Ryo Ikeshiro, Bath Spa University
Stand in front of the webcam to be racially profiled by the computer! Are you more likely to be waving a flag at the Last Night of the Proms or to the unofficial ISIS anthem, or is the gay anthem Go West more your soundtrack?
Ethnic Diversity in Sites of Cultural Activity poses the question of whether computers can be racist by highlighting the potential for discrimination of face recognition technology. The work locates faces, detects skin colour and alters the sound and image produced depending on the ethnic diversity of the visitors to the exhibition. Different music is selected depending on where the work is exhibited. The project has been presented in the UK, Austria, Germany, Poland, Switzerland, Korea and Japan.
Through a crude racial profiling of visitors, it draws attention to an increasingly common technology which is an example of how a seemingly neutral entity such as a computer can reinforce existing power structures. The context of a playful interactive installation is also a reflection of how we rarely focus on the ways in which software functions, instead becoming preoccupied with the interface; most software are prepackaged “black boxes” inaccessible due to their proprietary and closed nature. In addition, it is not completely infallible as with most software and it may be possible to trick the algorithm e.g. by visitors covering parts of their face, using make-up or changing lighting conditions which they are encouraged to do.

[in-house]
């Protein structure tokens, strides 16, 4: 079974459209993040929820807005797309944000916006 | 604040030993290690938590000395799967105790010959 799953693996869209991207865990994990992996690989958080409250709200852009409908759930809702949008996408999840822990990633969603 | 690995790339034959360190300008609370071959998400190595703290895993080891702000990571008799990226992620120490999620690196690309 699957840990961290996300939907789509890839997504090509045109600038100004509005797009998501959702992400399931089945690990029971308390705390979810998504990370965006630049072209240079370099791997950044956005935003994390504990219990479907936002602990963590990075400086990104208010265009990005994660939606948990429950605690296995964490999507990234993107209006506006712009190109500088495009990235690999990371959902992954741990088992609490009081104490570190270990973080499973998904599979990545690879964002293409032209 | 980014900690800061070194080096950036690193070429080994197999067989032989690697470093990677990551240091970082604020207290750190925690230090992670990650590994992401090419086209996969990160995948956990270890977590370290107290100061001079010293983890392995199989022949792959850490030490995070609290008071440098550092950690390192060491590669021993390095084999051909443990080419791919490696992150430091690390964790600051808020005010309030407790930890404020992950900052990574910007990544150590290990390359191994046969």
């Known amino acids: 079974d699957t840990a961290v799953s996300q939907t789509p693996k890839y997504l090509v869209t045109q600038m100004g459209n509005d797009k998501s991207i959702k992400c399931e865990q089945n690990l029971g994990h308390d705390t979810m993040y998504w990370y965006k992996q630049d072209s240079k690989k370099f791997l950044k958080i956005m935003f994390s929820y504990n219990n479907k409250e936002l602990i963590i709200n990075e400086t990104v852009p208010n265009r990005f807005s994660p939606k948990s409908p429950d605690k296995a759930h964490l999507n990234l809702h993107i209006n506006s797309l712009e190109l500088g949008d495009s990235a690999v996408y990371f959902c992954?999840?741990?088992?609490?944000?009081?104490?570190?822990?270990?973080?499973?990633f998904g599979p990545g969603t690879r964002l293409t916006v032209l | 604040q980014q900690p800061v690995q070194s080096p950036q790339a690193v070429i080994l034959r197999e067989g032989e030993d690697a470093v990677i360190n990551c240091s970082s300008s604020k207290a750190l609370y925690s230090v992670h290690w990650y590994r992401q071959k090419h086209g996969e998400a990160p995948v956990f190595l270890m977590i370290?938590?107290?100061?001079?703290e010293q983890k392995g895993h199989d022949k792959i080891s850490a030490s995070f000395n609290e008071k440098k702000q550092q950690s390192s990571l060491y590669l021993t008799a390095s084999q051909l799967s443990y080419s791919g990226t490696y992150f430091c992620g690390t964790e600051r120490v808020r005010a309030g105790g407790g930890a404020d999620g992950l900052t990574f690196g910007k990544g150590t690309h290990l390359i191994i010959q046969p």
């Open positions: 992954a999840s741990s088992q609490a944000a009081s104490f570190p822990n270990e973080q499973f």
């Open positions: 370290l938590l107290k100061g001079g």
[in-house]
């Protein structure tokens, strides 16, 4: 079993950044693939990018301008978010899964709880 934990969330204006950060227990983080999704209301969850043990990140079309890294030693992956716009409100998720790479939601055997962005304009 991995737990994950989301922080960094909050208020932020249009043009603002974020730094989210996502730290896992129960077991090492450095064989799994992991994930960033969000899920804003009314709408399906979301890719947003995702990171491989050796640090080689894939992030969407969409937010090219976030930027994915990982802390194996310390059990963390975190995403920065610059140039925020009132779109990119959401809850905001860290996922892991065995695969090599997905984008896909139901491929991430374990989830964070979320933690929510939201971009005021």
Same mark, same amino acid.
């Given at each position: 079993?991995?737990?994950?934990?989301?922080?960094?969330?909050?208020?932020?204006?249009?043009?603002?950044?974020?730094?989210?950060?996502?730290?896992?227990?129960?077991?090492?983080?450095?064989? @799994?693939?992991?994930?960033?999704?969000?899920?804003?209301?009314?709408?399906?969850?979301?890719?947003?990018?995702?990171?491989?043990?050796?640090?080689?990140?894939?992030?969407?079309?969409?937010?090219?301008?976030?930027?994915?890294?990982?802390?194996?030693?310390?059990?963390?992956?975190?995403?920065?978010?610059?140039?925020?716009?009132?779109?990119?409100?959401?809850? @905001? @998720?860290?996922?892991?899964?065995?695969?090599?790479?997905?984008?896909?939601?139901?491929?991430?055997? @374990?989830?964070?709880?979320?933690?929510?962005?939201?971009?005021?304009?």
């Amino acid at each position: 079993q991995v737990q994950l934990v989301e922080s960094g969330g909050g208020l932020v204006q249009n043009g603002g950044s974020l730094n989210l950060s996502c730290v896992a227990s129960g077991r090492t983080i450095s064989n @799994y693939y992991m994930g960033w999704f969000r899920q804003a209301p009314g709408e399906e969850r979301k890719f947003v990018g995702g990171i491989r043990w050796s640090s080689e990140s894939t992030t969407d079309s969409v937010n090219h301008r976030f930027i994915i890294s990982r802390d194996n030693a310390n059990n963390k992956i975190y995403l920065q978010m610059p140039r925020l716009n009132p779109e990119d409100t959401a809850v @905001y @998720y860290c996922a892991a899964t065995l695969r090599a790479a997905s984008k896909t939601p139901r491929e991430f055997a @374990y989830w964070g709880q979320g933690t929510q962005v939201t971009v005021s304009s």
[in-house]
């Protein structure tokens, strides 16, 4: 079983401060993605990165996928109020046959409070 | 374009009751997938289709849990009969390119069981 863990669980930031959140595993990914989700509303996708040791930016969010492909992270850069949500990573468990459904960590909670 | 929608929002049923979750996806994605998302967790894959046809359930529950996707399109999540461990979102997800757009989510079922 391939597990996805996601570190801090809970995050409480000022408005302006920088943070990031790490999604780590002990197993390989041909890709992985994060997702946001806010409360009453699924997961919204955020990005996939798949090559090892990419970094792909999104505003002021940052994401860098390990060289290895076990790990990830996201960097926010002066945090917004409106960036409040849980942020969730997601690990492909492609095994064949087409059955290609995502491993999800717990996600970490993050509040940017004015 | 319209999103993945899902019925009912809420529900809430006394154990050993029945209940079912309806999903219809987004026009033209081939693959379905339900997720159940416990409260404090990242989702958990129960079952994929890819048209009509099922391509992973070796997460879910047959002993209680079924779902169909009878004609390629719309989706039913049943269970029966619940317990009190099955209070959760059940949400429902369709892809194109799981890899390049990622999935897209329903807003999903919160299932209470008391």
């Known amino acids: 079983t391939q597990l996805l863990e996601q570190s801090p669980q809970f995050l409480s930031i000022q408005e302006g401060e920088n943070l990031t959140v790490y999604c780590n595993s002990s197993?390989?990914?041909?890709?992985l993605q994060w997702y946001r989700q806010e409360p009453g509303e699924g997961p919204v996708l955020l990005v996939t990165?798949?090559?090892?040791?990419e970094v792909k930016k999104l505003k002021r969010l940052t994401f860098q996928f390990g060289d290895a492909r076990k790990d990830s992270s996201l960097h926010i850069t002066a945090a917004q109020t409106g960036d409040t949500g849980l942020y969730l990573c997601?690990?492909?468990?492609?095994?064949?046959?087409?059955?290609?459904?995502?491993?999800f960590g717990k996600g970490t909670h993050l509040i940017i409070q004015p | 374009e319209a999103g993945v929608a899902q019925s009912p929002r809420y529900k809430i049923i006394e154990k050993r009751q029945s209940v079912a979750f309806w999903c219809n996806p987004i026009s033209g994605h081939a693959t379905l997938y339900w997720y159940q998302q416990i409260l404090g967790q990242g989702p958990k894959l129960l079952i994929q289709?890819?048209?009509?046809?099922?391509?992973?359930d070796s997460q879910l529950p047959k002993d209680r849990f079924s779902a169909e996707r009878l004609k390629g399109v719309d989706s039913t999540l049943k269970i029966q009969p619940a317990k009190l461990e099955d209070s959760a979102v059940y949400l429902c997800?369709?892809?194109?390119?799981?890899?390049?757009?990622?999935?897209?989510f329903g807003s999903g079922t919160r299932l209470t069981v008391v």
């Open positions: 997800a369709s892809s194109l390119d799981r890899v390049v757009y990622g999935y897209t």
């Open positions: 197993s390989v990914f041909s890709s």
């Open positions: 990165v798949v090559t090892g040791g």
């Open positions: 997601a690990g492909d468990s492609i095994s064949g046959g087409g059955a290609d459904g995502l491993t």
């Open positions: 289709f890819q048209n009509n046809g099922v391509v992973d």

Ryo Ikeshiro is an artist, musician and researcher working with audio and time-based media to explore possibilities of thinking through sound. He is interested in the artistic potential of computation and code as well as their cultural and political dimension i.e. both the aesthetic possibilities brought about by the technology and its wider context. Techniques of sonification – the communication of information and data in non-speech audio – are harnessed in an artistic context, with algorithms and processes presented as sound to investigate computational creativity and the relationship between the audio and the visual. In addition, the manifestation through sound and technology of issues of identity and Otherness is explored. Comparable processes to sonification are also used, such as ideophones in East Asian languages – words which evoke silent phenomena through sound. Ryo’s output includes installations and live performances in a variety of formats including immersive environments using multi-channel projections and audio, 360-video and Ambisonics (spatial audio), field recordings, interactive works, Teletext art and generative works. Recent themes explored include echolocation, computer vision, artificial intelligence, algorithmic bias, sonic branding, urban regeneration, singing voice synthesis, 3D-printing and engraving, mental health, noise, emergence and non-standard synthesis. Ryo has presented his works internationally in a wide range of contexts including exhibitions, festivals, concerts and screenings as well as academic conferences. He was part of the Asia Culture Center’s inaugural exhibition in Gwangju, South Korea, and his TeleText art pages have been broadcast on German, Austrian and Swiss national TV. He is a contributor to Sound Art: Sound as a medium of art, a forthcoming publication from ZKM Karlsruhe and he is featured in the Electronic Music volume of the Cambridge Introductions to Music series. He has a PhD from Goldsmiths, University of London. The topic explored was real-time data sonification and visualisation – or live “audiovisualisation” – of emergent generative systems within the framework of audiovisual and computational art. He also works as a lecturer.